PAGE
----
Archive | Reviews

The more movies one watches the easier it seems to become cynical and overly critical. While I may be a little bit of both in my movie reviews from time to time I like to think I’m fair, open-minded, and insightful. Unfortunately, I don’t find myself in a theater seat as often as I’d like, so the films I review are few and far between. That said, every movie review is meant to provoke thought and be enjoyed!

(Books) THE ART OF MONDO is the quintessential indie movie poster book

art of mondo book review brad bird tim league

The Art of Mondo book is a must-have for film and poster fans

The Art of Mondo is a relatively new book (released in October) from publisher Insight Editions, and it’s an essential coffee table staple for any film fan who also has an affinity for fantastic poster art. That’s my elevator pitch, and I’m sticking to it. I’ve had a copy of The Art of Mondo on my table for a little while now, and to be completely honest I’ve delayed sharing a sneak peek inside the book for three reasons.

First, Alamo Drafthouse, the theater chain and umbrella company responsible for Mondo, saw it’s CEO Tim League and others attempt to climb out of the sexual harassment cesspool before the book was released. That in itself is difficult to get around as a film fan, a movie blogger, and a supporter of the artwork Mondo consistently puts out.

Second, The Art of Mondo is a dense book that’s worth taking your time with. Each poster from Mondo is usually a masterpiece in its own light, so poring over every page is a must.

Third, I just haven’t been able to give Midroad Movie Review the attention it deserves these last few months, and that’s disappointing. As we near the end of the 2017, I’m making plans to give the site a facelift and hopefully find a heartbeat that I can use to bring it back to life.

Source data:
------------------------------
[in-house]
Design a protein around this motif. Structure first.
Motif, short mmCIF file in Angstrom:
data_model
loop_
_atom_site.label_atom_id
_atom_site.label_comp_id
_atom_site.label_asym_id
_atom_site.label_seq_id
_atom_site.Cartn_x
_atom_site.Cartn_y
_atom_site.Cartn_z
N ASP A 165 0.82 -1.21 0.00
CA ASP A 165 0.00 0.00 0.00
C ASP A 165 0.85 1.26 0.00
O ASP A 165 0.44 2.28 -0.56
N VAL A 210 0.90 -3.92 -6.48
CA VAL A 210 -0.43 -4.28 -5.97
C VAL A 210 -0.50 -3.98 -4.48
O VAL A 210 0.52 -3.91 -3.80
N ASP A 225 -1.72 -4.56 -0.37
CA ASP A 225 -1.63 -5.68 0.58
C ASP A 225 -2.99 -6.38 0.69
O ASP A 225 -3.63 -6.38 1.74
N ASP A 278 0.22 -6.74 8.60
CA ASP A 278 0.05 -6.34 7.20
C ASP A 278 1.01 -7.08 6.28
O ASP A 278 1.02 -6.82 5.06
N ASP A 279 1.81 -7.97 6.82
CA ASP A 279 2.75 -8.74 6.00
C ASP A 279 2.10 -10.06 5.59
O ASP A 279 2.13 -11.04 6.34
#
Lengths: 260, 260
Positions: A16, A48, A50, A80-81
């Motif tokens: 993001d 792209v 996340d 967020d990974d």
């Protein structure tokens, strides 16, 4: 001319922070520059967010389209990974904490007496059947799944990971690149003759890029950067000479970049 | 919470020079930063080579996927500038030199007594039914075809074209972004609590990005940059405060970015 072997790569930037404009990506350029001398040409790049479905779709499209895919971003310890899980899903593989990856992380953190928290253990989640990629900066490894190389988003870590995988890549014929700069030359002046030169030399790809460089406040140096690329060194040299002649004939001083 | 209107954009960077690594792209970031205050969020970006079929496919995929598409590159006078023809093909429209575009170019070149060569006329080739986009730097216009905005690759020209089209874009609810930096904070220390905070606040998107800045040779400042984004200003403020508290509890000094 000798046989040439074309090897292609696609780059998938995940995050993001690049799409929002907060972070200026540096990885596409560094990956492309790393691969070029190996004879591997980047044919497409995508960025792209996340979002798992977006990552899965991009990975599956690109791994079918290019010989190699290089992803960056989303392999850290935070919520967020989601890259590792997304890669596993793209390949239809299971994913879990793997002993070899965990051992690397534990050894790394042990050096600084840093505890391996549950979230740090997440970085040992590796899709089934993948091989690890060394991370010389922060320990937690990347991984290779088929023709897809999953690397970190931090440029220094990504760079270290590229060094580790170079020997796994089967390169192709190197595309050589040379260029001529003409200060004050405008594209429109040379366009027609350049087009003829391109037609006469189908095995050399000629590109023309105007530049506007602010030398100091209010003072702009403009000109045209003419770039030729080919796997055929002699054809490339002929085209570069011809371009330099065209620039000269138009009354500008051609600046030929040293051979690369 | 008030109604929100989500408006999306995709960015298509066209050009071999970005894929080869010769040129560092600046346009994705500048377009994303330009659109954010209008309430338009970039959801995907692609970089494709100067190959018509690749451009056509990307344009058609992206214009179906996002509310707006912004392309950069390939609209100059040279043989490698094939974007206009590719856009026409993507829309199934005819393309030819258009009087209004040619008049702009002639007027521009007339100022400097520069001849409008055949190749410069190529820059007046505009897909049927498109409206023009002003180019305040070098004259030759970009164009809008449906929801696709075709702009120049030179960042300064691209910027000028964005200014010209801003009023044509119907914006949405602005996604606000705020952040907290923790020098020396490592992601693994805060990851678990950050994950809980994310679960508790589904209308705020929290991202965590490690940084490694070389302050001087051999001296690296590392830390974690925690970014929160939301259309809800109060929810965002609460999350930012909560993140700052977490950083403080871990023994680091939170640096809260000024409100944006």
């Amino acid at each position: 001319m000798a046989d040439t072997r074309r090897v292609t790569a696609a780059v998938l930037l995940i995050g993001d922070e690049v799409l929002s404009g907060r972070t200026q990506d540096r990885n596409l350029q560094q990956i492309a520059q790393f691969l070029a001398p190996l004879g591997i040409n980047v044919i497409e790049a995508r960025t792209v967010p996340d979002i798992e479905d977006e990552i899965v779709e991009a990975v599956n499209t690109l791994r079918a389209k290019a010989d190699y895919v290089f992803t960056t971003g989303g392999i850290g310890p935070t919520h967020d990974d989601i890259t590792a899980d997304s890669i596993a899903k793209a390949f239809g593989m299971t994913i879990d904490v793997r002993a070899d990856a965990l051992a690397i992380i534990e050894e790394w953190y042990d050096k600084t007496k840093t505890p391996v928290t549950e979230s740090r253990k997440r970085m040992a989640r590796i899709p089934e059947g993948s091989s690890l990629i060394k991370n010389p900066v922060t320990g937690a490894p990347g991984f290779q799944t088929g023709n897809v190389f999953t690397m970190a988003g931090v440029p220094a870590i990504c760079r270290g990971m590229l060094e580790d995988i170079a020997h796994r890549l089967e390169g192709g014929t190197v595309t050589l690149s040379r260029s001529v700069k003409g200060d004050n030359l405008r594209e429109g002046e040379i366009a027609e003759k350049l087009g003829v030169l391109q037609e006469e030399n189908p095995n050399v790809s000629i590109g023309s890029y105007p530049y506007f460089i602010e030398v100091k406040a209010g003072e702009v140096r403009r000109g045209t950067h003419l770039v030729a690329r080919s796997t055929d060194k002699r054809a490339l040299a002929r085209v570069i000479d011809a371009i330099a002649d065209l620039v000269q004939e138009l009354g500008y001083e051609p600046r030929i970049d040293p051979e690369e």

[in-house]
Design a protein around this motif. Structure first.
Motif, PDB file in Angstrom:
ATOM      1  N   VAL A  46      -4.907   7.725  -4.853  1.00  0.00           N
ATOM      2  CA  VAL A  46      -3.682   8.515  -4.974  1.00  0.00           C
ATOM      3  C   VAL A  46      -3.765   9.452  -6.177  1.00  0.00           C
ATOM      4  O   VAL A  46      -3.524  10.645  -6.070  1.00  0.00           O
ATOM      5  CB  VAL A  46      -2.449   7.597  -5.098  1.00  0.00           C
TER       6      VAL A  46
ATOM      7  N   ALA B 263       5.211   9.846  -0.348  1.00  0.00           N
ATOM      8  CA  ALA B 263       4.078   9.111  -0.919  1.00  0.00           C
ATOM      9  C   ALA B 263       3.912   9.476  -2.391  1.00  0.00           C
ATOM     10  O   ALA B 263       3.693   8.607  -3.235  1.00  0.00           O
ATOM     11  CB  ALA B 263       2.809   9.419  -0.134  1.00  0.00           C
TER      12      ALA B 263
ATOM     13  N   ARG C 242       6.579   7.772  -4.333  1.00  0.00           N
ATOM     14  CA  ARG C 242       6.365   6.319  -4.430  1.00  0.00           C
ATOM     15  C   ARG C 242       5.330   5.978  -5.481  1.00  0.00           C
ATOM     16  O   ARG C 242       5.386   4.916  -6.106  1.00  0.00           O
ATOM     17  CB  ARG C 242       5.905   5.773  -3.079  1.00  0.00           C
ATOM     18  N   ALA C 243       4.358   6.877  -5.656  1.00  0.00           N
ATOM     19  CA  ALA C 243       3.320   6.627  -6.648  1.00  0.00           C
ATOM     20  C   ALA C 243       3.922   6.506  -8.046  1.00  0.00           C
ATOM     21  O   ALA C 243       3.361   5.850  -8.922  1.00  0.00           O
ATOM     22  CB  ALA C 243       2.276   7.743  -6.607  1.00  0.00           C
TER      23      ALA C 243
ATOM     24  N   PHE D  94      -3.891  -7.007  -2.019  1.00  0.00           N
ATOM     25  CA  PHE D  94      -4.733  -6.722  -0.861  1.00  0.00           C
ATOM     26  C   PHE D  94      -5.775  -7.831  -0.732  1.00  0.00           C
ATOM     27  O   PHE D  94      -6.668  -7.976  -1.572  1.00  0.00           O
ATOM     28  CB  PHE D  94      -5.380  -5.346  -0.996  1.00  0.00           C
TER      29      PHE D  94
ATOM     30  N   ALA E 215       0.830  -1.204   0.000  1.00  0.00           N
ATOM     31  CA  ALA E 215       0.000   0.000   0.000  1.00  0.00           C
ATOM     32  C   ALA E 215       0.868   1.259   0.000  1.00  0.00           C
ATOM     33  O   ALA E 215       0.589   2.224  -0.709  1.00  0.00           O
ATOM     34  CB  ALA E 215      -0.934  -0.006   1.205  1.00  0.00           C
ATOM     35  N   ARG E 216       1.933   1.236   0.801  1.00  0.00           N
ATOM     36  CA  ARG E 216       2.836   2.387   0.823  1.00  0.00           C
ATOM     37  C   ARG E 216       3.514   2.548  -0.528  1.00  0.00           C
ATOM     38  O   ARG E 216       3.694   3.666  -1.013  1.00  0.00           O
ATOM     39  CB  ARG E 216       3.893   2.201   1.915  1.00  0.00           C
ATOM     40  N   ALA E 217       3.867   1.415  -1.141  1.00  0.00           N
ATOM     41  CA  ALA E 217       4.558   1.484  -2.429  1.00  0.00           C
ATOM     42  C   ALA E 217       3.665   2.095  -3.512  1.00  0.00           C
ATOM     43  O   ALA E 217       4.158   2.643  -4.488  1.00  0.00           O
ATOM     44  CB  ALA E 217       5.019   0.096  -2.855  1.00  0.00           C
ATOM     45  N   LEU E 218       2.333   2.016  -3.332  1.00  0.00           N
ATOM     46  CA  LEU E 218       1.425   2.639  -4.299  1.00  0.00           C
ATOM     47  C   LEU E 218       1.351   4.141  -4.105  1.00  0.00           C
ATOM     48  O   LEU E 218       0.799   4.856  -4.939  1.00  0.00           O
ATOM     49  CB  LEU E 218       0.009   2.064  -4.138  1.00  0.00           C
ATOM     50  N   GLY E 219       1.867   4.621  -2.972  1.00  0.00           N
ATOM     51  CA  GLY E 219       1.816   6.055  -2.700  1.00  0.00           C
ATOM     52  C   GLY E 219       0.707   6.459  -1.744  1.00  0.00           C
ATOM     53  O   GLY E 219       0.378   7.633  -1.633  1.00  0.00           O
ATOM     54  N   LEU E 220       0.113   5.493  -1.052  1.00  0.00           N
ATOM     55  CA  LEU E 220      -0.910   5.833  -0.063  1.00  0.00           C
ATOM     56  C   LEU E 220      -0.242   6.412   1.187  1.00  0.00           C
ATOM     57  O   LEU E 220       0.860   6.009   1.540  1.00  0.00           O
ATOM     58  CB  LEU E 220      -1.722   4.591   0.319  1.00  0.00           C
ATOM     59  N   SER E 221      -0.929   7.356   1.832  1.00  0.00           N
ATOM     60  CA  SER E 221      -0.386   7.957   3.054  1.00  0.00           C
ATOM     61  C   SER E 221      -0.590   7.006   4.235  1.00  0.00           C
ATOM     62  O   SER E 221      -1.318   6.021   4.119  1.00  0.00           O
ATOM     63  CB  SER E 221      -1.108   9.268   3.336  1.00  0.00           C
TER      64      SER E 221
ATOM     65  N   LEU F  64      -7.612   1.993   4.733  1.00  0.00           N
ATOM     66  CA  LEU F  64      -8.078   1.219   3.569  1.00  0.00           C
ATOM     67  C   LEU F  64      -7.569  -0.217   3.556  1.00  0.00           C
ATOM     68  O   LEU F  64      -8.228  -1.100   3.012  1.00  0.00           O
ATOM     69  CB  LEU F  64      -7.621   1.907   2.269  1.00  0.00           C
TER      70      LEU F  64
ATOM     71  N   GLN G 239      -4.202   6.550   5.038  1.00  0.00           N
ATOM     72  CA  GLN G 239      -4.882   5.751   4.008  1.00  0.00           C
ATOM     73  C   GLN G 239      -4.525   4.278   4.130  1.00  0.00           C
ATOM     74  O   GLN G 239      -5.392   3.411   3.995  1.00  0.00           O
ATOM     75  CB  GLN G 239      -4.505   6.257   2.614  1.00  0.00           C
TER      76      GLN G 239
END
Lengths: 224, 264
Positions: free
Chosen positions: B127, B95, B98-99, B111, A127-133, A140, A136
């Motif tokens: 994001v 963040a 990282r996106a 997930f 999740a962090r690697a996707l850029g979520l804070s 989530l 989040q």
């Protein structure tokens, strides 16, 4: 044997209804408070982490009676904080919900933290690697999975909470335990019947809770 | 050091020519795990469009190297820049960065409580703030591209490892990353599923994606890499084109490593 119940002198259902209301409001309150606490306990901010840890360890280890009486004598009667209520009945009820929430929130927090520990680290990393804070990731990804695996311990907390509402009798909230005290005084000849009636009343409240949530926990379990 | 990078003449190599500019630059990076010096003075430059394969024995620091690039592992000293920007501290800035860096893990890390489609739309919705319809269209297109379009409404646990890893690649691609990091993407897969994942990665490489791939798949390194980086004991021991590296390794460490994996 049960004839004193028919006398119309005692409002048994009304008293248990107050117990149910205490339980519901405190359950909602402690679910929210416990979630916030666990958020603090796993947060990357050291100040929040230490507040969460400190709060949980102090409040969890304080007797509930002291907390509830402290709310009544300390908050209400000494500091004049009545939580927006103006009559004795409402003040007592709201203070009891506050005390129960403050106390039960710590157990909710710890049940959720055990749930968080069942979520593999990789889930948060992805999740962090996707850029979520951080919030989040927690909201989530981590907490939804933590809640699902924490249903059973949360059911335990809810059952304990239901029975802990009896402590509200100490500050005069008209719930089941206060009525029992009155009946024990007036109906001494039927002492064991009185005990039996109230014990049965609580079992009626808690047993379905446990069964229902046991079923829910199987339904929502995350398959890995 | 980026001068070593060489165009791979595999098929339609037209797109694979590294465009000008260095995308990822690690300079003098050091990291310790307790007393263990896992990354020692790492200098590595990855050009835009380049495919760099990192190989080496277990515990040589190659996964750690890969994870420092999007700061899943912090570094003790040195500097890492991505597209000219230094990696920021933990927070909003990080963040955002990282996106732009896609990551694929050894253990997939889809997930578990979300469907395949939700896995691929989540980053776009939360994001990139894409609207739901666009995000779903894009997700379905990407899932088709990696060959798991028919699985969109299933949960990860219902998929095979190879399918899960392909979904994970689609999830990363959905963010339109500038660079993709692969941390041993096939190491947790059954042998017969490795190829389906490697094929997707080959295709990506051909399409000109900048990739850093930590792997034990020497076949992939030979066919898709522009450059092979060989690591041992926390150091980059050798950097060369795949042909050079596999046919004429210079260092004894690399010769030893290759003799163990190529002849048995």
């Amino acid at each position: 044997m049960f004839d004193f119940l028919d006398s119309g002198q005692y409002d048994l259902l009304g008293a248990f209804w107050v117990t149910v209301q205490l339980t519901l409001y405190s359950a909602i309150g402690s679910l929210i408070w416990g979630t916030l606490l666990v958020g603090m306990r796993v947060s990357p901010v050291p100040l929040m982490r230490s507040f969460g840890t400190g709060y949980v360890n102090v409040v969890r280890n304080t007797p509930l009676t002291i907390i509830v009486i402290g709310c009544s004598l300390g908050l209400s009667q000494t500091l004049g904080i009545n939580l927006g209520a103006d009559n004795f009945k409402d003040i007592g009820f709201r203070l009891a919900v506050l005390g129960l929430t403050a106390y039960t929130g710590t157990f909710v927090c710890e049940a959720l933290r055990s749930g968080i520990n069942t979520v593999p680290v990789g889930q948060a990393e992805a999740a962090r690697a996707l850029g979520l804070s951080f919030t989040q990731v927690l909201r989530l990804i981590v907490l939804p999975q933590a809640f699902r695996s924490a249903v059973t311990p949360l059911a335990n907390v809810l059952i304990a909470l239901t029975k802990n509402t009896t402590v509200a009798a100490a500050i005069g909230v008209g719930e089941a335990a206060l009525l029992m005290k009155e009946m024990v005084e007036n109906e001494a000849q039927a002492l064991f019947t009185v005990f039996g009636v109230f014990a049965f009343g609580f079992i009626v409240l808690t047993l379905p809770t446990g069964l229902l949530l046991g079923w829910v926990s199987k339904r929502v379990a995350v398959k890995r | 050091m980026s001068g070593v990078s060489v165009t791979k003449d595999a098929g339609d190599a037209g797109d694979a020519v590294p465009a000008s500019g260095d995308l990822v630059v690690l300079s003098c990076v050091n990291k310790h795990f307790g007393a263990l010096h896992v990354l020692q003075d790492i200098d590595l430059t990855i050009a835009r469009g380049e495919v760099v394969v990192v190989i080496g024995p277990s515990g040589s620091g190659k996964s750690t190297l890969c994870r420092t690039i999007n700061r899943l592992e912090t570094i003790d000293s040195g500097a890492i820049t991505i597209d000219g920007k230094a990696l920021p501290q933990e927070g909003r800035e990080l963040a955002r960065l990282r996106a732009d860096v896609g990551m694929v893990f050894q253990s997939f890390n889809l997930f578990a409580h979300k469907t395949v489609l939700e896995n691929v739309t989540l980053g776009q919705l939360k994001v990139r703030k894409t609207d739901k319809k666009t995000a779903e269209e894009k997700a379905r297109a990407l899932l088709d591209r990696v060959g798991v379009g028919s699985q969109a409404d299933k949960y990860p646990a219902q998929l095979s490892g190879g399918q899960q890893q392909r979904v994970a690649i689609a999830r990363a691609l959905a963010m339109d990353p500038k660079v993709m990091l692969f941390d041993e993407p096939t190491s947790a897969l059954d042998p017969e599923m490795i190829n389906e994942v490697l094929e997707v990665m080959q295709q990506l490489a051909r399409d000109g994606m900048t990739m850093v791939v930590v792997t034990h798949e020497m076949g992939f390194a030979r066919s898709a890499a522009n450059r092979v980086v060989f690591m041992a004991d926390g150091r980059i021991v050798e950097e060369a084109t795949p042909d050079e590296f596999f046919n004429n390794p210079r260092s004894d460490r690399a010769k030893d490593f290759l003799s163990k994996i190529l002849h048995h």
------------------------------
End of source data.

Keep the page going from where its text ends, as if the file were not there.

But the goal of this post is to take a closer look inside The Art of Mondo–to appreciate the art of monstrous men for what is it, as Claire Dederer recently suggested in the Paris Review–if the controversy surrounding Mondo/Alamo Drafthouse is a challenge to sidestep. The Art of Mondo is more than a coffee tale art book, even if it is that, and each section offers a brief introduction from a contributor that highlights the company’s creation and progress through the years. There’s a history of Mondo buried in here, is what I’m trying to say, and both the art and the history of the company are worth digging into.

Ready to dive in? Take a peek inside the pages of The Art of Mondo after the jump.

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(Books) Two new Xenomorph books just in time for Alien Day

aliens titan books review

Alien: The Coloring Books and Aliens: Bug Hunt are musts for franchise fans

From the awesome folks over at Titan Books comes two new Xenomorph-filled books just in time for Alien Day! While Alien: The Coloring Book and Aliens: Bug Hunt are two very different books, both run the gamet through the Ridley Scott/H.R. Giger-created horror universe in new and exciting ways.

Alien: The Coloring Book is, as you guess, a coloring book that’s pages are filled with black and white illustrations from the first four films in the growing series. There may be a few abstract (but still awesome) renderings as well, but they’re all waiting for you to fill them in with graphic, eye-popping color.

Aliens: Bug Hunt is a brand new collection of short stories (18 in total) featuring the iconic movie monster in a number of new and movie-inspired scenarios. And again, both are available just in time for Alien Day, so pick them up and get your Xenomorph fix!

Read a short review and take a peek inside the pages of Titan Books‘ newest Alien/Aliens books after the jump.

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(Books) THE GREAT WALL art book and official movie novelization